On the software’s business logic side, centralized systems are designed following the traditional client-server architecture, where a single, centralized server is responsible for storing and processing all the information, which it needs to make available to other users, known as client nodes who can connect directly to the main server and submit data requests instead of performing them directly.
Being one of the first types of systems to appear, the centralized model is widely used especially on the web. The main issue with this type of network is its dependence on a central server which acts as a single point of failure, a big target that can be exploited by malicious actors.
Advantages of centralized systems
- Fast and simple deployment – their straightforward design and clearly defined roles in the system significantly cuts down on deployment times of decentralized systems, making them ideal for small business applications, centralized databases, or testing environments.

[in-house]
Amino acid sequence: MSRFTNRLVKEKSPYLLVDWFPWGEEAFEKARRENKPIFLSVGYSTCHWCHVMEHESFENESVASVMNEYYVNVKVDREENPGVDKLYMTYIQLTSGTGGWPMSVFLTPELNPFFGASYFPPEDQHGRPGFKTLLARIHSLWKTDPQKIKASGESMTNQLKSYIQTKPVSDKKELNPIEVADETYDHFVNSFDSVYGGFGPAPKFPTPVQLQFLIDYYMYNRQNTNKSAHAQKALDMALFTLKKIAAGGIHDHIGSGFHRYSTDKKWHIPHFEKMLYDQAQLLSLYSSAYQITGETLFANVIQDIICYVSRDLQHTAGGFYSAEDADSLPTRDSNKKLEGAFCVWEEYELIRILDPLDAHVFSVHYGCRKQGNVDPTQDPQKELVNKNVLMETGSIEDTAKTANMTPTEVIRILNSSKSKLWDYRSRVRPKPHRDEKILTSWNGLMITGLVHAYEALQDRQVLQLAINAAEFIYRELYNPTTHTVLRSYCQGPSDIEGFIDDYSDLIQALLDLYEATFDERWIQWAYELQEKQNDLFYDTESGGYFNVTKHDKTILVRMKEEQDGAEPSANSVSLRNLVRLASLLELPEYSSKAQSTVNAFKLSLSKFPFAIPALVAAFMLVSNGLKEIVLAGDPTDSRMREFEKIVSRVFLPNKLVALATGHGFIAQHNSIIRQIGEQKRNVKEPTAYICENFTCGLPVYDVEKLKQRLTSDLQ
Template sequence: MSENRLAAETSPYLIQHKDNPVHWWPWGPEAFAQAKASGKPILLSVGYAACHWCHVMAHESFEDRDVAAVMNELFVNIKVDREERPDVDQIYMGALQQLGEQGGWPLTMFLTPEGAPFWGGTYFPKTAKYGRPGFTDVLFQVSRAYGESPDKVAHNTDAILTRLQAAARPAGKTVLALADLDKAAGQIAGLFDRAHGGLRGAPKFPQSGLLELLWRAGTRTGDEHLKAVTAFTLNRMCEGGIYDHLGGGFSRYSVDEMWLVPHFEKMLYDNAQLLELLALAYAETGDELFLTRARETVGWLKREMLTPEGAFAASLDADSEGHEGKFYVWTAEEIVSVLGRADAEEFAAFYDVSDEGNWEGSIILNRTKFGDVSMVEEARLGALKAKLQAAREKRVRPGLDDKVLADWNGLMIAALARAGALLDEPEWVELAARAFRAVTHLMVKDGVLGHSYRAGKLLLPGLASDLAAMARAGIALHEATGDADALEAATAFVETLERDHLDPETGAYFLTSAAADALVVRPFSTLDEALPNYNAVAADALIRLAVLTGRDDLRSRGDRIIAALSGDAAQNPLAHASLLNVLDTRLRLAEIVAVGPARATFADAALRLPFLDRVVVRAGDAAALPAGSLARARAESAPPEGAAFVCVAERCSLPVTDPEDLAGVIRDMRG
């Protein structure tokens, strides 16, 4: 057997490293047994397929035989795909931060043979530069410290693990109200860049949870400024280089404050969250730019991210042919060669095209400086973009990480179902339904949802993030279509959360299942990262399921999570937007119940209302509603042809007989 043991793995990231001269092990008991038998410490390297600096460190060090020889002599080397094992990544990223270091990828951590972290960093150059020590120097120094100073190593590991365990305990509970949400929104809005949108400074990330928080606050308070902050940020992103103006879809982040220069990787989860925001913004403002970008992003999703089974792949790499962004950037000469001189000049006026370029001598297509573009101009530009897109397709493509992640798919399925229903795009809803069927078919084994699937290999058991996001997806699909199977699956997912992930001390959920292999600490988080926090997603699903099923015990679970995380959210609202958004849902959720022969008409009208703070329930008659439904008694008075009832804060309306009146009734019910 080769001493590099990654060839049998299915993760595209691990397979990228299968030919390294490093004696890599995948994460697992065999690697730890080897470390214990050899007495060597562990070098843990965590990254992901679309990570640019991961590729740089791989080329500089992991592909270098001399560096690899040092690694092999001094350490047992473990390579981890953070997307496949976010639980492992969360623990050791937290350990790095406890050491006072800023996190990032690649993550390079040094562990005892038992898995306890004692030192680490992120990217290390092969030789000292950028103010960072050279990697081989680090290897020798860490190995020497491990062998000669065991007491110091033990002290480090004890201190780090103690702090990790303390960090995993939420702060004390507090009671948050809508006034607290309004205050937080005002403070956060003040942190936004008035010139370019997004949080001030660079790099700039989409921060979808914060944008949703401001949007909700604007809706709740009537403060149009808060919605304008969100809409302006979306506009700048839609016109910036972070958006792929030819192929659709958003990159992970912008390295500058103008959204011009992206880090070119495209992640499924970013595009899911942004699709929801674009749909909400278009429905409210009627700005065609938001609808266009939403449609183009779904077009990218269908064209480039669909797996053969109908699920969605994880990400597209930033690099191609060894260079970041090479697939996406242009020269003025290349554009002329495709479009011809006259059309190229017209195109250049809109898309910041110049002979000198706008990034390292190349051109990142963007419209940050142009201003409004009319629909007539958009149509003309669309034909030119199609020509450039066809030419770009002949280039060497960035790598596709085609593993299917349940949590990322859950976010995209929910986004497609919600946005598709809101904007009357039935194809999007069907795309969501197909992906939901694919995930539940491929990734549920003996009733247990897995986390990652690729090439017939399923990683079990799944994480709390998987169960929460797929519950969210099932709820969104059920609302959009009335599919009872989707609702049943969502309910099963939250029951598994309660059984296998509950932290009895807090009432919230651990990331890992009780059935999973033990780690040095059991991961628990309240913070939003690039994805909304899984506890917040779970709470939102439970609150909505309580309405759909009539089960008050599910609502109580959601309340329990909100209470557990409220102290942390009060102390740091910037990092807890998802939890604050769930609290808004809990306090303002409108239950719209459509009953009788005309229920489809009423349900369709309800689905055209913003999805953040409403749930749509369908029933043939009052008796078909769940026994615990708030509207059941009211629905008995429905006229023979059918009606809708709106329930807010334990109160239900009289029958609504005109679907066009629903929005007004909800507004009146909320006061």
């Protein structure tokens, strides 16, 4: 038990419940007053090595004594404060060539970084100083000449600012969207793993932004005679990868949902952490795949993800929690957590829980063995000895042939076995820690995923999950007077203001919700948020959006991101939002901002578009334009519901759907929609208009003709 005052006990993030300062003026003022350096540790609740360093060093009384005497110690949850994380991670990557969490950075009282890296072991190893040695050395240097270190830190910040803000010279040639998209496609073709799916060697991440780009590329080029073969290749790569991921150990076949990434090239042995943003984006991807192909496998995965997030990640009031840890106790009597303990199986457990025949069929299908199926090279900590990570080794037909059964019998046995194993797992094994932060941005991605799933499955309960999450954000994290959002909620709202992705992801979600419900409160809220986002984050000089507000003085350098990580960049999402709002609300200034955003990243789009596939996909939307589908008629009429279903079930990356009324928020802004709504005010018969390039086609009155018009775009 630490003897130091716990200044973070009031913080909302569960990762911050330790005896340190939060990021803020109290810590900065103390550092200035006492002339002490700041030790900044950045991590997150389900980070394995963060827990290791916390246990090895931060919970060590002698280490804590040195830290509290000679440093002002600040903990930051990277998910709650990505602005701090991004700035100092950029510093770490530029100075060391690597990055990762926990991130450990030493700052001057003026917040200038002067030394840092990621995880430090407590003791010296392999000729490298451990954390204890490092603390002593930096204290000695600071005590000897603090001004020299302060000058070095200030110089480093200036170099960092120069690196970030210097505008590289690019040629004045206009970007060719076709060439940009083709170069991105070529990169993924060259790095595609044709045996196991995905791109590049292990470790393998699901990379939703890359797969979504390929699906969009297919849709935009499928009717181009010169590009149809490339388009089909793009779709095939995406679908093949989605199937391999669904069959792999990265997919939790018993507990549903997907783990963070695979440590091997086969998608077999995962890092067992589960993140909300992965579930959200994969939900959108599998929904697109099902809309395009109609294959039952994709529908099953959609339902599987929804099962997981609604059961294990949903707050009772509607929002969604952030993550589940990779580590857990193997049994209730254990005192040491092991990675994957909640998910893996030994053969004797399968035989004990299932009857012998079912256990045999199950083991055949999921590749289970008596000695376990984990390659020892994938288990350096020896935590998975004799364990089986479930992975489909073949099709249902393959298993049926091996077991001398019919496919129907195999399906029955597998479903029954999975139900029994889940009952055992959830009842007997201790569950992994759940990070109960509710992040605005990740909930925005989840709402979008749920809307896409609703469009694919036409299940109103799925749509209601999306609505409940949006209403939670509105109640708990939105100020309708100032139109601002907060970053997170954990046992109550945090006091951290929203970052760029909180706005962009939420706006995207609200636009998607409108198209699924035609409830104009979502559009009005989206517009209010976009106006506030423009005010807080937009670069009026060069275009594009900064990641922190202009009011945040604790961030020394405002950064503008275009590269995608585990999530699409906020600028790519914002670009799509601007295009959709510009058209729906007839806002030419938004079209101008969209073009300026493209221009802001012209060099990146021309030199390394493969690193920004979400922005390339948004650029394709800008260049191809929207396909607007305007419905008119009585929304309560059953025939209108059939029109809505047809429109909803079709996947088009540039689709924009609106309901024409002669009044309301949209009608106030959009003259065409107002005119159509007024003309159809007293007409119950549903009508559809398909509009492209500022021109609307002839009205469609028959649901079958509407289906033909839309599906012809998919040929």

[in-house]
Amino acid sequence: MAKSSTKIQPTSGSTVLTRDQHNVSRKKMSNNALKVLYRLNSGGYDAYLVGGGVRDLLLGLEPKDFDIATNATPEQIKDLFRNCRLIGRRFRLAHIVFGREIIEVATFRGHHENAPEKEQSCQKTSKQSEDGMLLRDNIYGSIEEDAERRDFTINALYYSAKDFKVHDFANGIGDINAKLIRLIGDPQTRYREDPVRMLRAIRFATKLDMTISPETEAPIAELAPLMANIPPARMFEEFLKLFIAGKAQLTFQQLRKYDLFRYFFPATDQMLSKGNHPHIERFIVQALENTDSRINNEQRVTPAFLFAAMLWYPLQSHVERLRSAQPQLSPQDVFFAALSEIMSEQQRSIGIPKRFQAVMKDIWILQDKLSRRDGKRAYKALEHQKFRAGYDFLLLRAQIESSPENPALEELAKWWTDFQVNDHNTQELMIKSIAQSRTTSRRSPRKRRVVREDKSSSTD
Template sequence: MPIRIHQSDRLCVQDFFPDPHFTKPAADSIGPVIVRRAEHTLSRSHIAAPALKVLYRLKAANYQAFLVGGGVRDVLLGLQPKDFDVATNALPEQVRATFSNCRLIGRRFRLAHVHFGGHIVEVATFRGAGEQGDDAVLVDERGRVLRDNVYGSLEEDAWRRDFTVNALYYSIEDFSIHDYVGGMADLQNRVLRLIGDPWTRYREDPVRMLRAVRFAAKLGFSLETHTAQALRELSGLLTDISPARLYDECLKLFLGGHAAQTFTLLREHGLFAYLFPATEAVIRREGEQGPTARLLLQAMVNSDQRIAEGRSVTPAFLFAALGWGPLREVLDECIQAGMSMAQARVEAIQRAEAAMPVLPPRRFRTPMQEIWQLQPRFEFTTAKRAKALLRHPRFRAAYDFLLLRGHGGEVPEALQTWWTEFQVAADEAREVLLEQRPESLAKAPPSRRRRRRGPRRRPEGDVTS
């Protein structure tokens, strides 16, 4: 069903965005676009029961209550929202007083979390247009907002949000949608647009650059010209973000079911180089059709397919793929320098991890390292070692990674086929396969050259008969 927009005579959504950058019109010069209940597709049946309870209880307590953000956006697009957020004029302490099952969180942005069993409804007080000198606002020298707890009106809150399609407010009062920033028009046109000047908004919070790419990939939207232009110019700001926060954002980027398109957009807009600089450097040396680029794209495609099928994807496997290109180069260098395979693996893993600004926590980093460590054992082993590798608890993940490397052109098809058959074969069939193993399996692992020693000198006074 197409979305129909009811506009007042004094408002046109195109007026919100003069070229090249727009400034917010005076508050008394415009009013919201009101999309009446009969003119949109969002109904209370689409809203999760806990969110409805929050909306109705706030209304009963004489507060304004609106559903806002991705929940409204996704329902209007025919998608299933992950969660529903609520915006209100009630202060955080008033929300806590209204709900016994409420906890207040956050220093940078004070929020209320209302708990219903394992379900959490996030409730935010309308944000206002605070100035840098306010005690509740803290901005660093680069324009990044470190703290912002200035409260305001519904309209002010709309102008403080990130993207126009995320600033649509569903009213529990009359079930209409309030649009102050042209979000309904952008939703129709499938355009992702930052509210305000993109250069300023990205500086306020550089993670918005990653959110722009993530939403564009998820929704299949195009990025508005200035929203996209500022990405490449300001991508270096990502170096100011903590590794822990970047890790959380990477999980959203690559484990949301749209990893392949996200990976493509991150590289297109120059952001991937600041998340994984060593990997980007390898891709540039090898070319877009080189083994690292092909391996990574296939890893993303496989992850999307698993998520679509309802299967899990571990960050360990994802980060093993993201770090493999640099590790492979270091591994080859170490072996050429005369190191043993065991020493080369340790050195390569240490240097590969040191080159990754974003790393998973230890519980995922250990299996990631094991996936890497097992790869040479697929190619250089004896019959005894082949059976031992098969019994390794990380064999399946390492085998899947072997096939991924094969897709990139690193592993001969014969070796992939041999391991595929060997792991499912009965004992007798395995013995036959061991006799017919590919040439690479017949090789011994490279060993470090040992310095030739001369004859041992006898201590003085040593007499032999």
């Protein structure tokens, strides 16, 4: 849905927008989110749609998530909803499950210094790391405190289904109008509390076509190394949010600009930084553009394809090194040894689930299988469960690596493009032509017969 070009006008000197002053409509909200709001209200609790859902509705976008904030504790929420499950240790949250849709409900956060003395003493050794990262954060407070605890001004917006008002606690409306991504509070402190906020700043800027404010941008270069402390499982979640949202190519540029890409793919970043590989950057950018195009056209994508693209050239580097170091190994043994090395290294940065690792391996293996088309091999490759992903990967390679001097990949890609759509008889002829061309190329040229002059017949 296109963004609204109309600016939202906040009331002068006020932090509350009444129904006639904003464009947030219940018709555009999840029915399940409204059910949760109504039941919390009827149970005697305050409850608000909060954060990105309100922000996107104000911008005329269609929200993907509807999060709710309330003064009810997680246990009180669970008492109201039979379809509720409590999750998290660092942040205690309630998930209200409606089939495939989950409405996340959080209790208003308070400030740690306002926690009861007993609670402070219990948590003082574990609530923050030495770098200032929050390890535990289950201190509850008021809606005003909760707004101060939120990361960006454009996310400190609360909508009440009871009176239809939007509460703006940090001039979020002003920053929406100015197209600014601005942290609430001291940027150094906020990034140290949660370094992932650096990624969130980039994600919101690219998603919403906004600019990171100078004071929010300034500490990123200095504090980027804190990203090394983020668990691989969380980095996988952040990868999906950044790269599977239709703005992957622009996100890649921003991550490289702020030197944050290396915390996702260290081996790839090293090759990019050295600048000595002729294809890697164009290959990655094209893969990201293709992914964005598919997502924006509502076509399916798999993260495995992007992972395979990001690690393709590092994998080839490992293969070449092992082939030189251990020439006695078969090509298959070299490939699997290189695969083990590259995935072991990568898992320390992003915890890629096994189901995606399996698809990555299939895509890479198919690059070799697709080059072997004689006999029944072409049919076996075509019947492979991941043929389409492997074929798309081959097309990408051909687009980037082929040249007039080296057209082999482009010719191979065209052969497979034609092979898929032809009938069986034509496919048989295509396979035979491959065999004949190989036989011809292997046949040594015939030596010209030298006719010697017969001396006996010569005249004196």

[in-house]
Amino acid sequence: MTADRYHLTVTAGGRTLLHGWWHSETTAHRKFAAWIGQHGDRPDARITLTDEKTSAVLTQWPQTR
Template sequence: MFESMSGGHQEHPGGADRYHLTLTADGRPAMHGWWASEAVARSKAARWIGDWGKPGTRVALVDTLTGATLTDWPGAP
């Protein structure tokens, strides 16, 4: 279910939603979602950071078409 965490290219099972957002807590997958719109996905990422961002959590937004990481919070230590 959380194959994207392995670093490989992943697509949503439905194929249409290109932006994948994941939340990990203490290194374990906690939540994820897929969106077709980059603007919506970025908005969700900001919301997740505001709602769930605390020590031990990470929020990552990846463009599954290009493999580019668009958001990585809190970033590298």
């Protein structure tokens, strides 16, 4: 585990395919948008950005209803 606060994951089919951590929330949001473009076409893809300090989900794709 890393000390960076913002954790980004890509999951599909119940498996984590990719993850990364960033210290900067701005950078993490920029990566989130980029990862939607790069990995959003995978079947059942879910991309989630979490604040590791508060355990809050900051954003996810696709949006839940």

- Cost-effective – centralized systems are usually the ideal choice for smaller systems because they require fewer resources to set up and maintain. Because they rely on a single server, admins need to perform updates only in a single place, which drastically reduces the time and overhead necessary to keep the system updated.
- Consistency – centralized systems have a top-down structure which makes it easy to standardize the interaction between the server and the client nodes which enables companies to provide a more consistent and streamlined experience to end-users. Also, due to the clearly defined roles in the system, it is relatively easy to track and collect data, making the detection of deviant user behaviour more efficient.